124. Redmond S. Thin White Women in Advertising. Journal of Consumer Culture. 2003;3(2):170-190.
  125. Facebook. Policies. [Internet]. Facebook.com. 2020 [cited 2020 Dec 11]. Available from: https://www.facebook.com/policies/ads/prohibited_content/adult_content
  126. Smith M. Where has she been and where is she going: the evolutionary portrayal of black women in print advertising from the 1960s to 2000s [Internet]. Opensiuc.lib.siu.edu. 2020 [cited 2020 Dec 13]. Available from: https://opensiuc.lib.siu.edu/cgi/viewcontent.cgi?article=1798&context=gs_rp
  127. Brook S. No tweaks to nipple ad [Internet]. The Guardian. 2020 [cited 2020 Dec 11]. Available from: https://www.theguardian.com/media/2005/nov/02/advertising

Truth in the definition of GenderEdit

IntroductionEdit

Biologists and sociologists define gender in different ways. Whereas biologists argue that gendered behaviour is due to biological traits and physiological features, sociologists believe that it is a social construct. These different views cause tension between the two disciplines.

A case study that illustrates this tension is that of Christie Lee Cavazos[1] : when filing a medical malpractice suit on a doctor who allegedly misdiagnosed her husband in 1996, she experienced the impact of these different views. She had undergone a sex change operation in the 1970s and had legal documents and the testimony of medical experts stating that she was both physically and psychologically female. Despite this, under the premise that Cavazos would always have male chromosomes, Chief Justice Hardberger ruled that she was unable to file the suit as his spouse, suggesting that the marriage was illegitimate. This shows that socially she could be female, but still be considered biologically male, causing a strain on her rights as a woman; evidently, there is a dichotomy between truth in biology and sociology.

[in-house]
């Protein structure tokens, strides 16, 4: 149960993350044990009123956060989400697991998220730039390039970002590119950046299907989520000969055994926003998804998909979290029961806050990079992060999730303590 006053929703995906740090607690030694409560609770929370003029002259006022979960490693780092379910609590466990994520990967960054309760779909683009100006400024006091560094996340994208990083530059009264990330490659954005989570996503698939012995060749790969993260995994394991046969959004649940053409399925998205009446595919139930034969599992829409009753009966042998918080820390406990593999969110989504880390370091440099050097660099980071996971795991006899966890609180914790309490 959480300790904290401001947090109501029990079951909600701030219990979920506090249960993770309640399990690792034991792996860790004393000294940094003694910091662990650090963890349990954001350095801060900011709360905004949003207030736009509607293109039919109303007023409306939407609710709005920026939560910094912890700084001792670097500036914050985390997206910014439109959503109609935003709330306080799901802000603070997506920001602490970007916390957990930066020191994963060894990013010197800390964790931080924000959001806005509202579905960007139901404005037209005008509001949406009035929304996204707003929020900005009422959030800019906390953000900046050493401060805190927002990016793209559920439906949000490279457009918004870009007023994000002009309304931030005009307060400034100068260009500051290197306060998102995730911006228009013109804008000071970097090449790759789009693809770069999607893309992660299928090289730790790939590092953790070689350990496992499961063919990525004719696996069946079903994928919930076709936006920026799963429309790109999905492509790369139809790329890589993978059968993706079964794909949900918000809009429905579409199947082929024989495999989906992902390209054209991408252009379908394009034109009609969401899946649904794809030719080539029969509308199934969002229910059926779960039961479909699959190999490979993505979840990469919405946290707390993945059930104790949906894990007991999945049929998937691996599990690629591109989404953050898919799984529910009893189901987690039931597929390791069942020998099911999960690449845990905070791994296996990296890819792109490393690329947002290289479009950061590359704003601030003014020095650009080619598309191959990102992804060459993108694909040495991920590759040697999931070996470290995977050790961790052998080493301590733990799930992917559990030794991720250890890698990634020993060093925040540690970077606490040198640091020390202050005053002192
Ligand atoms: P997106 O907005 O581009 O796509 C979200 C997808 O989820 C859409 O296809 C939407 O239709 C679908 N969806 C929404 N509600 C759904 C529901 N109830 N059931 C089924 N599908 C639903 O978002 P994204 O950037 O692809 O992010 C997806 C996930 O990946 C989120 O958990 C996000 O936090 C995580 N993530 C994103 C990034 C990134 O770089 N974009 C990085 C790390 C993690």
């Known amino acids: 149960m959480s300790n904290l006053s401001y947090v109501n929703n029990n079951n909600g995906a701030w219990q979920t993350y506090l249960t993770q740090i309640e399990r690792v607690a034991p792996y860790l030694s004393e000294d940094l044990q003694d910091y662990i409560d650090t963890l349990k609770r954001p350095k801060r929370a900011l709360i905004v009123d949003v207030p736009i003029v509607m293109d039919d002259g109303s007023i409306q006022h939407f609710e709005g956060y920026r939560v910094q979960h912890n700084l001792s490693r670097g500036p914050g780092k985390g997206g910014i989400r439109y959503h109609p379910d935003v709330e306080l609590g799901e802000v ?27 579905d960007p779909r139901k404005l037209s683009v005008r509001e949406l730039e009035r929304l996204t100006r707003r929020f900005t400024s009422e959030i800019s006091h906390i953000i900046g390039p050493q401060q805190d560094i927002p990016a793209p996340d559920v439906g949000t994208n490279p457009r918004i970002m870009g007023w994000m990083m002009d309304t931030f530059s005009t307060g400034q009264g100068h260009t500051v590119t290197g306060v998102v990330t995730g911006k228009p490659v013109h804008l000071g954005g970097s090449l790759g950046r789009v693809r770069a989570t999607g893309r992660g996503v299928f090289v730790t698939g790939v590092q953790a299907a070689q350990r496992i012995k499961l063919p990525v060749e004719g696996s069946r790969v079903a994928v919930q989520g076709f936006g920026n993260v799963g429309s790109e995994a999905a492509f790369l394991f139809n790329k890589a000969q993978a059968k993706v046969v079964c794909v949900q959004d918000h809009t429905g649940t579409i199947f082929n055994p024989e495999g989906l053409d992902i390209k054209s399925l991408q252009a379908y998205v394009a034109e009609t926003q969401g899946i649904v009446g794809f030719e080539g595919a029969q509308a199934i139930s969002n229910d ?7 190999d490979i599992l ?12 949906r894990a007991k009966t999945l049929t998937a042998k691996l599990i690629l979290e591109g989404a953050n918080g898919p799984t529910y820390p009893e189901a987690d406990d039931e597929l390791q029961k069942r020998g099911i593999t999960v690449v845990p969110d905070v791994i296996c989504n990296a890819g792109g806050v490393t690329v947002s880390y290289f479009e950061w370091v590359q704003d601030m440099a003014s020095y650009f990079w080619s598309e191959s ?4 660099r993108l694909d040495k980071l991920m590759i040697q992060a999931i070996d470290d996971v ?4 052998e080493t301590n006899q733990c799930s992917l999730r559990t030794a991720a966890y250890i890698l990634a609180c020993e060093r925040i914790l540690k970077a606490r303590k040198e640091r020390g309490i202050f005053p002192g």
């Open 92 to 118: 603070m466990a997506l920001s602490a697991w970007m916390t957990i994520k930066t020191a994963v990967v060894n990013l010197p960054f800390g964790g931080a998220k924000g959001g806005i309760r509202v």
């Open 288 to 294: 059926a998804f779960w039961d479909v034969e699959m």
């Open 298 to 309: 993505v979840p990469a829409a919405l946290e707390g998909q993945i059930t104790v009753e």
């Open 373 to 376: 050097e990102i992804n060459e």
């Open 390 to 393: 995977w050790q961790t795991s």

This chapter will further explore this tension through observing the views of the opposing sides and their respective critiques. This kind of analysis is important as gender has such a huge impact on the lives of individuals, as exemplified through Christie Lee Cavazos’ story.